1 Samuel 19 — It’s not surprising that Saul continues to try to kill David. That’s the type of person he is. That’s what we’ve come to expect of him. He’s jealous and vindictive and deceitful and arrogant and prideful. What is somewhat surprising is that he still manages to prophesy (vv. 23-24). You’d think that the Spirit would leave him alone at this point, but he’s still God’s anointed, as David will later point out.
1 Samuel 20 — Saul wasn’t wrong when he said that neither Jonathan nor his kingdom would be established as long as David was around (v. 31). Of course Saul’s priorities were off since it was never supposed to be about an earthly human kingdom, and this reflects one of the major problems with Israel’s monarchy throughout its history, i.e., the loss of focus on God’s rule.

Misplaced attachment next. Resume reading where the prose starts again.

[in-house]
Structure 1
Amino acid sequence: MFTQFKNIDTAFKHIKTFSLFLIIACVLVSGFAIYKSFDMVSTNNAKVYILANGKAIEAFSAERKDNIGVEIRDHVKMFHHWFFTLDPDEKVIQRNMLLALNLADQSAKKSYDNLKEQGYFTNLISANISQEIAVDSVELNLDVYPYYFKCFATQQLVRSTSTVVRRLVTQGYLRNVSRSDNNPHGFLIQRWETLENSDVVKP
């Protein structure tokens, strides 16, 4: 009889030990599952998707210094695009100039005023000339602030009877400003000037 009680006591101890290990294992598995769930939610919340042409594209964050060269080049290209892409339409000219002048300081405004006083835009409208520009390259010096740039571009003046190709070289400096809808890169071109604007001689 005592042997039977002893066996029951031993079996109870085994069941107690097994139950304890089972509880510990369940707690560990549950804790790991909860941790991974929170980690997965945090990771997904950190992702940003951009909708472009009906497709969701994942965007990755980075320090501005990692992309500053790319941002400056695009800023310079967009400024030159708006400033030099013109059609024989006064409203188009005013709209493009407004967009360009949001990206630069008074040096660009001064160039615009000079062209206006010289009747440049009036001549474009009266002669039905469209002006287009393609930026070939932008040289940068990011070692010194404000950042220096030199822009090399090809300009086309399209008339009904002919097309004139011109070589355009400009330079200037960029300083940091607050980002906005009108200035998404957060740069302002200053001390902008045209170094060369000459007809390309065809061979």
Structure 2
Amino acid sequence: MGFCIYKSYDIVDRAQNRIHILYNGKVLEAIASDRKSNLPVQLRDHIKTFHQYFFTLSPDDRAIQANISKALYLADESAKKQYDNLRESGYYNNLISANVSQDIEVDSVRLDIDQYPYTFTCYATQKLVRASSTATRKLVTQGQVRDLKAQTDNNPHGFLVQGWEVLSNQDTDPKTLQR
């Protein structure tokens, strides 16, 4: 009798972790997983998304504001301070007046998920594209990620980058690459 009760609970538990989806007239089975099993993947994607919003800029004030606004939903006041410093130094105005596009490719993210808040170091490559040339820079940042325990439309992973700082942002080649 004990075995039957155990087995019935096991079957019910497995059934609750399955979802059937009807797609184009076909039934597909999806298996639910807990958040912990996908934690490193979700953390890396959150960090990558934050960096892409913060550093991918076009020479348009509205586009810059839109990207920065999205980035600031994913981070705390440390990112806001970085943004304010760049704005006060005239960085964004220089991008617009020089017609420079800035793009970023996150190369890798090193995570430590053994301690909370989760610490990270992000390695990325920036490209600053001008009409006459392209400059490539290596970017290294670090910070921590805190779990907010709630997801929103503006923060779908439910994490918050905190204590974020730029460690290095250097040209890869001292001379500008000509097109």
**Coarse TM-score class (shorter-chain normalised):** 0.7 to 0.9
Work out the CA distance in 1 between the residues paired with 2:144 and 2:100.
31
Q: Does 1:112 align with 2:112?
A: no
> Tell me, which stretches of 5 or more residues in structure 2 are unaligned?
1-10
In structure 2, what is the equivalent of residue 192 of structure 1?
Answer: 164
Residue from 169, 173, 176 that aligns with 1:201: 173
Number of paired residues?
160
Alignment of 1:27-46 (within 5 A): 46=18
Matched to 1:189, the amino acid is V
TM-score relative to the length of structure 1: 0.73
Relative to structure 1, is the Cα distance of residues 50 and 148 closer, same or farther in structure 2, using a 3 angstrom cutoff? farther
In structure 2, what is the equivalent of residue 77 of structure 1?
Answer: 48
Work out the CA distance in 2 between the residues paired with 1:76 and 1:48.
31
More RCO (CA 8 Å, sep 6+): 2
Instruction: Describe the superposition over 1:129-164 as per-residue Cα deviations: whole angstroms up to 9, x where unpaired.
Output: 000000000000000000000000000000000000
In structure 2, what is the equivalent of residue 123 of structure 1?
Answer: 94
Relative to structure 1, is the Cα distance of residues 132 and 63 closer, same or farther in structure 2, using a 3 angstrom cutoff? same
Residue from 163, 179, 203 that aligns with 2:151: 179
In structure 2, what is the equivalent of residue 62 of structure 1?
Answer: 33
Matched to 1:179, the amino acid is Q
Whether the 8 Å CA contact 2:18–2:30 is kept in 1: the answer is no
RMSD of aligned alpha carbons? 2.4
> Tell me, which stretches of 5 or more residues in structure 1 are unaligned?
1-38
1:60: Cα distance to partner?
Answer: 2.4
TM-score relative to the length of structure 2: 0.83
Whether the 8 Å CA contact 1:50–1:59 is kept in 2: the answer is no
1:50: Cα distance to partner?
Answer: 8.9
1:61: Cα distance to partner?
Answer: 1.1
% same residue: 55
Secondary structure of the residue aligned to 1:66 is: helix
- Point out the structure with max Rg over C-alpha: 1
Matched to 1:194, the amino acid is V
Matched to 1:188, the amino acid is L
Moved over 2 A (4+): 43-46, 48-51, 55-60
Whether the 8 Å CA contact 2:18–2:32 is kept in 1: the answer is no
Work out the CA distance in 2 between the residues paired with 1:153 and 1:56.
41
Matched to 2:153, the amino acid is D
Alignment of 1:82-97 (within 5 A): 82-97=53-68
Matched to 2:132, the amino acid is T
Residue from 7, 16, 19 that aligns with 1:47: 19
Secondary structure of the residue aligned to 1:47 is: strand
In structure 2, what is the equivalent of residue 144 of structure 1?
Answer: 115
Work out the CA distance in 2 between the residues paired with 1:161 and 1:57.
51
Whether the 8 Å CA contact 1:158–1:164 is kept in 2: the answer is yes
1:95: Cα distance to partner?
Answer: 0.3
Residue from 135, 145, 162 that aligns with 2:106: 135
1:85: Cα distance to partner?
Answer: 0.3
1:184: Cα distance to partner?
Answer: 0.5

1 Samuel 21 — David asks for five loaves of bread (v. 3) and is fed with the bread of the Presence (v. 6). Again, five represents grace, so David asks for grace and receives a type of Christ, who is the bread of life come down from heaven (John 6:35, 41, 48), full of grace and truth (John 1:14).
1 Samuel 22 — At the end of chapter 21 David pretends to be insane; Saul doesn’t have to pretend; he really went crazy. Murdering 85 of the LORD’s priests is ridiculous. Saul is paranoid beyond measure at this point.